The Swirl

I remember being in university and one of my Black roommates from Tennessee giggled about "being down with the Swirl". I giggled too. Wait. What's the Swirl?

She explained. Black girls-White boys. And vice versa for that matter. But we were Black girls and only concerned about the topic that included ourselves. Thus we continued to talk about the Justin Timberlakes, the Kevin Richardsons, the Robert DeNiros, the Ted Dansons, the Johnny Depps, and others that we knew in our lives at the time that might be down with the Swirl as well.

And as we saw plenty of our male counterparts participating in the Swirl, like it "ain't no thang", We waited like observant hawks to see which White boy would dare to enter into the land of the Swirl.

I mean the White boys loved us, or so they said. They loved our humor, our sassiness, our passion, our comfort, our hips, our lips, our culture, our music, heck, some even loved Africa!

But nevertheless, in all my years at university, and amidst the variety of White male friends that we all had, no one took that leap into the land of the Swirl--well except for one that I can think of. But he was so embedded into African-American Hip Hop culture, we all thought of him as a "Light Skinned Black Man", and you know exactly the type of guy I'm talking about. And yes, he's married to a beautiful Black girl now.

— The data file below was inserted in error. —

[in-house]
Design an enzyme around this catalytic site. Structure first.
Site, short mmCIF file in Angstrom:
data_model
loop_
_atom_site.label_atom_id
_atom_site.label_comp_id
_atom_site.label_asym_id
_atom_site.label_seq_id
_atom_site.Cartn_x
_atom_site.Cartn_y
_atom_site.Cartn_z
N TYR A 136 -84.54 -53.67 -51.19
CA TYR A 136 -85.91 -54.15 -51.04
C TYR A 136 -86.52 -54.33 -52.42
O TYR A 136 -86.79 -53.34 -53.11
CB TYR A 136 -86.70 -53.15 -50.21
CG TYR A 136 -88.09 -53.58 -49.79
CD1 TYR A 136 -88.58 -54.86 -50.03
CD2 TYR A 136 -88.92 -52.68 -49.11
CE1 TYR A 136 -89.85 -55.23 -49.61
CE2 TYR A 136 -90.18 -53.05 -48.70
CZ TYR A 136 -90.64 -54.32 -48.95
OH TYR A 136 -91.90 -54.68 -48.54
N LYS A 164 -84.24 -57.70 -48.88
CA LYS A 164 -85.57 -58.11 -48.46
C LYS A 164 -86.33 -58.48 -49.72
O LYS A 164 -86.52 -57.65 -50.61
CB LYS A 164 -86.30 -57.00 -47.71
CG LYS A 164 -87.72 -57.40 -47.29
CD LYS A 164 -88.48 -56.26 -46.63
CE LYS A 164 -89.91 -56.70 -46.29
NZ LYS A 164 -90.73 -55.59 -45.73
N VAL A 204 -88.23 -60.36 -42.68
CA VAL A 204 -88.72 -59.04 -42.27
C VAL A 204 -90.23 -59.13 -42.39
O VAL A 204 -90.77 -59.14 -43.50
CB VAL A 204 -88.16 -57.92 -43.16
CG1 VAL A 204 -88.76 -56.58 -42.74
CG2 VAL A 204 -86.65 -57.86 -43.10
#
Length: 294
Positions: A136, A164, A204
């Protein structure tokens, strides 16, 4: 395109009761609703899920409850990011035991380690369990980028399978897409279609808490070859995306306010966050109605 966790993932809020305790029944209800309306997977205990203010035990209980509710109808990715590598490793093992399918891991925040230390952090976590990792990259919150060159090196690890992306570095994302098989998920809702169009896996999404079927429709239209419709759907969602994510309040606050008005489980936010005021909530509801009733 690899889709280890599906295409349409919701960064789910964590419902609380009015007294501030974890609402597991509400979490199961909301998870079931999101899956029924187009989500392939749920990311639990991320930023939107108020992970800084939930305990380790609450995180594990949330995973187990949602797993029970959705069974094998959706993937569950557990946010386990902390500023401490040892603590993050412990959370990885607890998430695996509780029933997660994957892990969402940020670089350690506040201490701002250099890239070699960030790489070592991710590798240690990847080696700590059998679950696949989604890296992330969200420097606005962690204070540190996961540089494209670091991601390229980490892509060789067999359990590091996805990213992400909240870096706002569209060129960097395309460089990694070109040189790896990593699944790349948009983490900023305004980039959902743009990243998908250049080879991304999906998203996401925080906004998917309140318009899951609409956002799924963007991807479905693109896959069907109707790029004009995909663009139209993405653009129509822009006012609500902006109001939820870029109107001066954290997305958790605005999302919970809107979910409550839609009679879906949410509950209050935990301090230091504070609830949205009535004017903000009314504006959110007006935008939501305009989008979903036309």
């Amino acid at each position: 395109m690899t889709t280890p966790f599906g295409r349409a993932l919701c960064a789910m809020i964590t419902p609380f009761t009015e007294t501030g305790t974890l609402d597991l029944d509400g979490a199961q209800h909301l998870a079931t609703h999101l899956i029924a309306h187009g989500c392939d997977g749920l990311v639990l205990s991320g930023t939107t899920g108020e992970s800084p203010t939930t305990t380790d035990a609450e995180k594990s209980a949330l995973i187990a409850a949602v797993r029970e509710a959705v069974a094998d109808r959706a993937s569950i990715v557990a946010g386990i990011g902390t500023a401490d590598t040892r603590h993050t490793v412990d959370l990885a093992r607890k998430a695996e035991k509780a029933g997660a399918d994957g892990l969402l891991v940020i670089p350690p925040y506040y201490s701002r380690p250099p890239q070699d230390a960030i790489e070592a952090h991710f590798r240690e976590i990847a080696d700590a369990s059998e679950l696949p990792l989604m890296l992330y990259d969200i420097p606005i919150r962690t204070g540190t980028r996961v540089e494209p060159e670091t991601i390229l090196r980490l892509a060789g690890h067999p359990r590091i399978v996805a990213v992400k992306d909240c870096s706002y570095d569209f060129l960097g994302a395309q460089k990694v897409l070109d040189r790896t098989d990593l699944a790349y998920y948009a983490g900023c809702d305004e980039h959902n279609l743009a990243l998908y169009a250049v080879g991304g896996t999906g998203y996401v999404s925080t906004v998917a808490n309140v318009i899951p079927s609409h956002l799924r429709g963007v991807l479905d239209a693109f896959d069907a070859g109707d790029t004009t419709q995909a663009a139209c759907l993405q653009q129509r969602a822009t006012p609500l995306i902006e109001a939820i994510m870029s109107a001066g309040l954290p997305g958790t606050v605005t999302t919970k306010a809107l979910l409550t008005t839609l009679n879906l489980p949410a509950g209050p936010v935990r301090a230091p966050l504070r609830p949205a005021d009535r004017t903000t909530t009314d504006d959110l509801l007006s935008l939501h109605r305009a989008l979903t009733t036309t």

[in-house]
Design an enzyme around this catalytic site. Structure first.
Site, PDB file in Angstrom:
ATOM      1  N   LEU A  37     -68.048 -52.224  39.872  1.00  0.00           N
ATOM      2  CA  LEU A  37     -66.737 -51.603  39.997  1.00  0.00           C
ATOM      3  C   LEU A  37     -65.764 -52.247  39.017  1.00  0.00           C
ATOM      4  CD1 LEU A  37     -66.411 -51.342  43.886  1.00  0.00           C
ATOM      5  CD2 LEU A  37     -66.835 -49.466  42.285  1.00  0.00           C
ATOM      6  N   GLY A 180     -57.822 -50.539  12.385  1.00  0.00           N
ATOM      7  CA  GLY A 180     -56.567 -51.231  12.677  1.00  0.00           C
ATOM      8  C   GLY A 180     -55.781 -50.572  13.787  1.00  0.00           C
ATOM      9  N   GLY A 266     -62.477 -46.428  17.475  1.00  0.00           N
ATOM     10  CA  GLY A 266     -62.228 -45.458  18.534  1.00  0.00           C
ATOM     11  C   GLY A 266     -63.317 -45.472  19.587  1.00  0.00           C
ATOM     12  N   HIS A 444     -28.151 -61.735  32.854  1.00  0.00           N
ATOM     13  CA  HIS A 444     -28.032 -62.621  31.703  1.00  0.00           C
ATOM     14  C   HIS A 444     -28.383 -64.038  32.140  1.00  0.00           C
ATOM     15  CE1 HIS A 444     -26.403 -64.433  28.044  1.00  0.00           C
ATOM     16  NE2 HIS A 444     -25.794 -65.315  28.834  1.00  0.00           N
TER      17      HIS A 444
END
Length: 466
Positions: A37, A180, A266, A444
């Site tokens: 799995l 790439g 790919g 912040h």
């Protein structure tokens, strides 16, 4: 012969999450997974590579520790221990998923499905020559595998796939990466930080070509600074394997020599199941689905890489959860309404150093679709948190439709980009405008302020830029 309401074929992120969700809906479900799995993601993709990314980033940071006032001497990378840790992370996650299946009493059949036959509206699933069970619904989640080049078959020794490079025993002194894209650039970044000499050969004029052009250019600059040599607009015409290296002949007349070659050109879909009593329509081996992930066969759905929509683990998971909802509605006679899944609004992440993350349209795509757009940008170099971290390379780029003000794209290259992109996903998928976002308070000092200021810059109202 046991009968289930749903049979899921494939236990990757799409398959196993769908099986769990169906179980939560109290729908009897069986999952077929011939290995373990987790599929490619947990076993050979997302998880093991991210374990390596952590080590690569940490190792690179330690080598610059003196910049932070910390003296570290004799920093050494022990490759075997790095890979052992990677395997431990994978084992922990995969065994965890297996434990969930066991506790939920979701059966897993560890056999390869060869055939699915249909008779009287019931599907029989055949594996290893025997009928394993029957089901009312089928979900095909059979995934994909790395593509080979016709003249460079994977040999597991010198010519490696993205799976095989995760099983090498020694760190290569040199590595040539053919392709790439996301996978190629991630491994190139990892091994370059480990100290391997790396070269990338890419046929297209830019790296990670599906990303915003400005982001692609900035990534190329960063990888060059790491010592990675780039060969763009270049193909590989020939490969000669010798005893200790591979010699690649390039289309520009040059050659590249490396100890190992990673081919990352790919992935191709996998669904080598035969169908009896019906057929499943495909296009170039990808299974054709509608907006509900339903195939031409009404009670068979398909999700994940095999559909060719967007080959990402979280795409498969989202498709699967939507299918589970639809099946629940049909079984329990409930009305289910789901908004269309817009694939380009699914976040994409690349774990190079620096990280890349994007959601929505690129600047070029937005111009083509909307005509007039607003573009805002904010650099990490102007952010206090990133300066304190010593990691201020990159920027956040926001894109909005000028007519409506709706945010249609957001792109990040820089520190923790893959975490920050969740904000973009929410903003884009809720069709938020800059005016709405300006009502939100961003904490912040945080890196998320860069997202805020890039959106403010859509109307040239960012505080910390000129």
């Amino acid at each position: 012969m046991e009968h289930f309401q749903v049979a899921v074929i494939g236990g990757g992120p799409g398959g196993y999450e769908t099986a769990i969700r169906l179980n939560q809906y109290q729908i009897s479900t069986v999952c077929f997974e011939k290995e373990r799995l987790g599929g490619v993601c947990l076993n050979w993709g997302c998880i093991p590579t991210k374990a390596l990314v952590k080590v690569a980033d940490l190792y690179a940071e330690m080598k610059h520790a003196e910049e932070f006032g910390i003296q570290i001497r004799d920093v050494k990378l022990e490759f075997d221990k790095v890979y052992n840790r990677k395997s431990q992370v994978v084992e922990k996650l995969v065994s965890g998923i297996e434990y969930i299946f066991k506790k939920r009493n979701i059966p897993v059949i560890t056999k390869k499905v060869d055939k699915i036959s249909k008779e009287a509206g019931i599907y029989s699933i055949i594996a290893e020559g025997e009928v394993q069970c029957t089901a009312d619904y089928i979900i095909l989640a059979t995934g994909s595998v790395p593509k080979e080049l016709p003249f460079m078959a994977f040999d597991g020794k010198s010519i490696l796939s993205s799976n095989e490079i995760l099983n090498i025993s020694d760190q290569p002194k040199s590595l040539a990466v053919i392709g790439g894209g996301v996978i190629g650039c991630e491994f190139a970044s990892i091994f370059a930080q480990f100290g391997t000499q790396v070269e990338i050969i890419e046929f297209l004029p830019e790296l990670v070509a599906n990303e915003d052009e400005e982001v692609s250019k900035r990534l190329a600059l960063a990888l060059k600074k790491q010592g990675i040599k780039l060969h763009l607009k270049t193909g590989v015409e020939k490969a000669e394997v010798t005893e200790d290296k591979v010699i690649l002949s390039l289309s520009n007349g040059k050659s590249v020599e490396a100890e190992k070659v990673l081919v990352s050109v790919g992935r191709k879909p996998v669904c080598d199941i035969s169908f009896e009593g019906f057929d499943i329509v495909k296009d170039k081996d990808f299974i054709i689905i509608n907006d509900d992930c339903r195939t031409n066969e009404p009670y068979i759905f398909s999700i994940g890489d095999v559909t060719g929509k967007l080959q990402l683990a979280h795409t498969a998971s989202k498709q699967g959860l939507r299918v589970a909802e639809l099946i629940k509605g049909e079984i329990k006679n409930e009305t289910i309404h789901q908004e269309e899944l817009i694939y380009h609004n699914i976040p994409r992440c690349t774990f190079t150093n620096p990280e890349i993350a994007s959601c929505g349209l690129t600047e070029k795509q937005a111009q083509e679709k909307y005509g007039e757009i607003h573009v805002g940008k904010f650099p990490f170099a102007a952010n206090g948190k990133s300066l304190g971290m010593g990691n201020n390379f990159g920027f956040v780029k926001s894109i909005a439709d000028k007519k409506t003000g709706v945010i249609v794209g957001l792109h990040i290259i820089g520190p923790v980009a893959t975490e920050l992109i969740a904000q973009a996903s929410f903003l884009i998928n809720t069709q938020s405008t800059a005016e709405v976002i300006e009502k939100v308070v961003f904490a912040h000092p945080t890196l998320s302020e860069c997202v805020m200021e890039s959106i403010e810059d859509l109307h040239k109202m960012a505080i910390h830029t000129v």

Mind you, I'm from the old school, or shall I say, I like the old school ways. I want to be pursued. Most of my girls wanted to be pursued as well. So it wasn't about making something happen on our end. It was about seeing who would take a risk on 'their' end.

Well that was many, many years ago. My friend from Tennessee married a nice Black gentlemen. In fact, one of my other Black roommates from that era is also marrying a nice Black gentlemen in September.

So what ever happened to all this talk about the Swirl? We'll it's still a hot topic today, especially among Black women. I actually wanted to start directing a documentary on the topic this year, but I've been facing nothing but closed doors. Nonetheless, there are quite a few people documenting stories about this particular topic and exploring the other issues of identity and beauty that go along with it.

Earlier this year I was incredibly discouraged about my inability to get this particular project off the ground. But I've learned to trust the timing of God. I know what it's like to try and place a square peg into a circle. And I know what it's like to walk through the open doors that He creates for you. I'd rather go with the latter.

So I continue to wait with this topic of interest in my heart, ready to tell a story-- To go into topics of cultural reconciliation, redemption, identity, and beauty. So I steady wait. There are plenty of Swirl stories happening in my city and probably in yours. But who knows, maybe the story I'll document in regards to this topic might be my own...Because it's true. I am down with the Swirl.